THE FUTURE IS FEMALE
Me, Myself and I
By Johanna Schwarzbeck
Ever since I was a young girl in Austria, I witnessed and experienced gender inequality, and wondered: “Why does society seek to control the feminine expression?” My latest exhibit sheds light on this question, through photography and paintings of audacious and free-spirited female nudity; it both critiques patriarchal dogma, and seeks to marry old and new feminine archetypes. For example, the dainty paper doilies with the em-powering feminist quotes are pinned on to pillowcases that are of a delicately woven brocade fabric — an indoor domestic activity reserved for women, such as crocheting, sewing, mending, wiping, cooking, and tending to others.
My immediate female role models–my mother and grandmother–and my environment at large, attempted
to restrain my feminine curiosity about myself and life. I was warned about staring at myself at length in the mirror, lest the devil would stare back, to not wear too much make-up, or I’d look like a prostitute, and I was criticized for drawing attention when I wore a shiny garment or a red lipstick. As I completed my master’s degree as a gilder and fine art restorer, my grandmother said: Why would you aspire such a high degree if one day you will marry anyway. Yet, I refused to succumb to their influence and was committed to exploring and expressing my creativity and my longing to succeed in all my endeavors; fueled by the source energy of my sexuality and its need to manifest.
The growing dissonance between my family’s conformity to puritanical beliefs and my desire to express my-self freely, lead me to rebel their oppression. I listened to protest music from 60’s musicians like Bob Dylan, Patty Smith, and Neil Young, who promoted tolerance, ethnic and cultural diversity, and a healthy questioning of authority. Driven by my conviction of free expression, and inspired by the music of the hippie movement, I arrived in New York in 1985. I felt that here, I could be whoever I wanted to be, unapologetically.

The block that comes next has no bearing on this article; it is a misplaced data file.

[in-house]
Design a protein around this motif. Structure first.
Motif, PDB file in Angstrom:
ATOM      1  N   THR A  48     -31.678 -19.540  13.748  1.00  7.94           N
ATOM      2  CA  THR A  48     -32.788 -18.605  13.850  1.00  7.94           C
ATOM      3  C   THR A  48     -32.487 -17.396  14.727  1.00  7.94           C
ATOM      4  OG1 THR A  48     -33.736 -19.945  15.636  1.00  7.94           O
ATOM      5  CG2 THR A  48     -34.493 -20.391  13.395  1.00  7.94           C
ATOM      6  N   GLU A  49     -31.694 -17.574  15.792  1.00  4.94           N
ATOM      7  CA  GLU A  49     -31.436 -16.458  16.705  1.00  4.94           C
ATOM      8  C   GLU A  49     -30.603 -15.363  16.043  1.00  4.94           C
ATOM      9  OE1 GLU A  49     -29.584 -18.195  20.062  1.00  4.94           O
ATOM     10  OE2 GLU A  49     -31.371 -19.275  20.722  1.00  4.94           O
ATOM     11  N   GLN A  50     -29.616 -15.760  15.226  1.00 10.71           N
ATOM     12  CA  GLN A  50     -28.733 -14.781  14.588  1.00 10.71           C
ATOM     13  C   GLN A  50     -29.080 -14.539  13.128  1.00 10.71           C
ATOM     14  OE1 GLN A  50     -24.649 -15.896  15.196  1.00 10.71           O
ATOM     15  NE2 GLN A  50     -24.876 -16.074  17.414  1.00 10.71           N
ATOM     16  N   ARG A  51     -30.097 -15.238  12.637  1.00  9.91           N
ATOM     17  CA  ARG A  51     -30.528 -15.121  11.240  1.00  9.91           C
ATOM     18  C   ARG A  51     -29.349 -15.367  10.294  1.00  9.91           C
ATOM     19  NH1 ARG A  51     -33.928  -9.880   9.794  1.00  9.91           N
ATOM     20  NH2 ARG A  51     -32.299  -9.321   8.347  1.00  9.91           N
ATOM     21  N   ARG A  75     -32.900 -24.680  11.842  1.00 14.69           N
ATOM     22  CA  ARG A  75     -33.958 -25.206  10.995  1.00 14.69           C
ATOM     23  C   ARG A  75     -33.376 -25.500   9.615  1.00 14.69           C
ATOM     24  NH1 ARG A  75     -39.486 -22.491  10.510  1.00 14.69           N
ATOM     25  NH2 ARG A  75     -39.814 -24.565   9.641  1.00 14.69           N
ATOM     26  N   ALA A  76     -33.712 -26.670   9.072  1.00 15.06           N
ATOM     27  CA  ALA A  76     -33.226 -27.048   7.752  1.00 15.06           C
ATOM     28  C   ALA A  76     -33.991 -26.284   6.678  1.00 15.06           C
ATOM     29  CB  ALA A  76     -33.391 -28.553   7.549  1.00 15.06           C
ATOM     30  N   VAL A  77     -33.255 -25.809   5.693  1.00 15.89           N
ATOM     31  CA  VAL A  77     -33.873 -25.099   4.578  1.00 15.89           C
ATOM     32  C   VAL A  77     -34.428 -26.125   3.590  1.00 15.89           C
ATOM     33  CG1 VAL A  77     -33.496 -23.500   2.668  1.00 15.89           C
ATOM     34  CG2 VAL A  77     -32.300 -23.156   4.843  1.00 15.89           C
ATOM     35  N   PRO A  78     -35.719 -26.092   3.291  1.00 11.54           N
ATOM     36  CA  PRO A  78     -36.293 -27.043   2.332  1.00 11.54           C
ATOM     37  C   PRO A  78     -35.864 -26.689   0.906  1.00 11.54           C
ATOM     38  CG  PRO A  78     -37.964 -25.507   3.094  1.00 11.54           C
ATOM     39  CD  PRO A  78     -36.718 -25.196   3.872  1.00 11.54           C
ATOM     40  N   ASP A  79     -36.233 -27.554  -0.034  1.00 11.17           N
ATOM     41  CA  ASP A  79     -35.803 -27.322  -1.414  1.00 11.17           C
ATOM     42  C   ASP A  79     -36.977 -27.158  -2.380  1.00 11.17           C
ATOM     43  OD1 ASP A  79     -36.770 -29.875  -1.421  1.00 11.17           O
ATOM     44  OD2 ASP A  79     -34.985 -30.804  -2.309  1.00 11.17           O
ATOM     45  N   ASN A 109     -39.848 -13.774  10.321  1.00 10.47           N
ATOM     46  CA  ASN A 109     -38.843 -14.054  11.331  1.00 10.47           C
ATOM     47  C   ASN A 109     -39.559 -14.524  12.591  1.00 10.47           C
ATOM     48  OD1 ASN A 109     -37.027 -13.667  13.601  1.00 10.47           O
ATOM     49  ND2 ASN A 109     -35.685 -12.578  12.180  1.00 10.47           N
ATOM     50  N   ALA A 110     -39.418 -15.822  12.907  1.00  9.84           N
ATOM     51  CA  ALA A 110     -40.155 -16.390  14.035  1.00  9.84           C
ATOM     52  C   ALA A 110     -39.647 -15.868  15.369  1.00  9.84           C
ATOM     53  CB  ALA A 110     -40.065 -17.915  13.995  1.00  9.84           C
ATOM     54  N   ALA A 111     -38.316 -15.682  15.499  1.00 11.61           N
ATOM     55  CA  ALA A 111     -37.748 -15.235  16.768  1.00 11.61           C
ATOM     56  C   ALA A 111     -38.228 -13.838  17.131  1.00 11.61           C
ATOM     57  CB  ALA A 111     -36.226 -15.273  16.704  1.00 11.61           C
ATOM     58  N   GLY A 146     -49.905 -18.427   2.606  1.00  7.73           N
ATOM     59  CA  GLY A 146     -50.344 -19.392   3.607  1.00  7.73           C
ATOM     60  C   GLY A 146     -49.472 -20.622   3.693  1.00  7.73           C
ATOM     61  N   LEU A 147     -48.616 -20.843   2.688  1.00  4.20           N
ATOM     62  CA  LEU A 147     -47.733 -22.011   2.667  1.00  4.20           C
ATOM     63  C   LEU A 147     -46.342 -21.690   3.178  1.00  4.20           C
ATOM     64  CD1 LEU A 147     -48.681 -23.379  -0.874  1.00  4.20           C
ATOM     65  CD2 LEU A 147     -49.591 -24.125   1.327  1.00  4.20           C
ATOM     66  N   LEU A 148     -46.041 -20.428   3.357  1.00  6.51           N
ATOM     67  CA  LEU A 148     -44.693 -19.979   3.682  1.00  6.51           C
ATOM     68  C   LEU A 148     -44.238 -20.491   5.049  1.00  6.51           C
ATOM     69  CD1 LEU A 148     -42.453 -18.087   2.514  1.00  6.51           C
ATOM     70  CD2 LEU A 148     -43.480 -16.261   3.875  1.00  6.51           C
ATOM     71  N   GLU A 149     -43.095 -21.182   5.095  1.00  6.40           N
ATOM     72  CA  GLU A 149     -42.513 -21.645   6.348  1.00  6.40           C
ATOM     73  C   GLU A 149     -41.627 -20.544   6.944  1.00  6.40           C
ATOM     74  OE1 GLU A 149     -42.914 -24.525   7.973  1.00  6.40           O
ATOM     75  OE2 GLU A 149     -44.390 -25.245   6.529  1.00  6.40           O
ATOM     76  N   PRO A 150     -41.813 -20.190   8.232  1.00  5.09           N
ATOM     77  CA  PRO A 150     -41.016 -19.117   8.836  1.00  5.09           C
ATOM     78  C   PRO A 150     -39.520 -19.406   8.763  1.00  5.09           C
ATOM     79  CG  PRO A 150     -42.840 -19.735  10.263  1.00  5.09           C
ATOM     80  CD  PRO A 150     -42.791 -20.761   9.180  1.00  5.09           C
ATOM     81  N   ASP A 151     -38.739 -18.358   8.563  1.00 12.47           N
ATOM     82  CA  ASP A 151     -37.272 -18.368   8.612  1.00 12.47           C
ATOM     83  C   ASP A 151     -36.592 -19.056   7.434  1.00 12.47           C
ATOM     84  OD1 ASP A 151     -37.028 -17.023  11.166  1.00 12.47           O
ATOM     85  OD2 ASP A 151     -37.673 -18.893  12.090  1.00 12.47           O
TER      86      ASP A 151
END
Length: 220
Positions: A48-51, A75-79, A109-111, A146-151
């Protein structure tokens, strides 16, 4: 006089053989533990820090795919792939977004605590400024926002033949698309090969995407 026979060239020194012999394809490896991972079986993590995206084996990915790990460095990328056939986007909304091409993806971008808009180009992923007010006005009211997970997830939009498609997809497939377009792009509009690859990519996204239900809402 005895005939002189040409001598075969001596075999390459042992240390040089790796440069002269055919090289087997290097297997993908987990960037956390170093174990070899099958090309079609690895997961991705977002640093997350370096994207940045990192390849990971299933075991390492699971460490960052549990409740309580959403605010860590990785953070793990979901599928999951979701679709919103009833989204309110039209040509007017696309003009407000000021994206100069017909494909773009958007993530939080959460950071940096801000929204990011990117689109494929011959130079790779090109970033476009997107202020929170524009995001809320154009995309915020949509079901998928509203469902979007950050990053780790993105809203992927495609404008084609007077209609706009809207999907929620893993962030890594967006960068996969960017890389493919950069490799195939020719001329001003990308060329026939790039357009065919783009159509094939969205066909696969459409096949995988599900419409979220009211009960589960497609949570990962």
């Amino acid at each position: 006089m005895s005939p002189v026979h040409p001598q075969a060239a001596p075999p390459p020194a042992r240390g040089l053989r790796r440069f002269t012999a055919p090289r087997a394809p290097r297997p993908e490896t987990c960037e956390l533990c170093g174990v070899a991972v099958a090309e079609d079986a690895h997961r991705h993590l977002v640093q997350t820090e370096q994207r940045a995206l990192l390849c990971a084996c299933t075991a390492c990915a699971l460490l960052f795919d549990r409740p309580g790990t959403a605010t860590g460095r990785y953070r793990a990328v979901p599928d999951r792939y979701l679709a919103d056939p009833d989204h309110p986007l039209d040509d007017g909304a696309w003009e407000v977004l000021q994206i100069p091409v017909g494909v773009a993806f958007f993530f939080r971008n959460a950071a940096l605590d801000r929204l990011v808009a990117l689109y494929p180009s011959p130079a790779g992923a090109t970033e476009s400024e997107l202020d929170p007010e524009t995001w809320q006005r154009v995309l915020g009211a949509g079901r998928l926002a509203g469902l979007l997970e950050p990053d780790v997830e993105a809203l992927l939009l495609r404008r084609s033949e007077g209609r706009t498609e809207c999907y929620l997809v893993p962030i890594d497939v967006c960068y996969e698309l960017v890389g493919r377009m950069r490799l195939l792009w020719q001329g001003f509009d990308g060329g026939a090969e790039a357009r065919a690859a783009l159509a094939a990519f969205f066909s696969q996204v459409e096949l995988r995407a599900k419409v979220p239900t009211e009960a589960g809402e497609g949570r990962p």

I discovered dance and movement and enjoyed modeling in the nude. Today, whether at the art studio or at the beach, my nudity is an expression of who I am. Although New York had met many of my expectations about gender equality, I was disappointed to learn that there is still a bias against, not only women but various marginalized demographics, specifically members of the LGBTQ community. My exhibit is thus both a critique of patriarchal institutions like the church and the government and is an expression of female strength. As a feminist, an artist and an activist, my art reflects my vision of equality for all and seeks to dismantle stereotypes and artificial distinctions between genders. ‘The Future is Female: Me, Myself and I’ chronicles the artistic expressions of my unabashed feminine power, in its vulnerable, creative and erotic manifestations.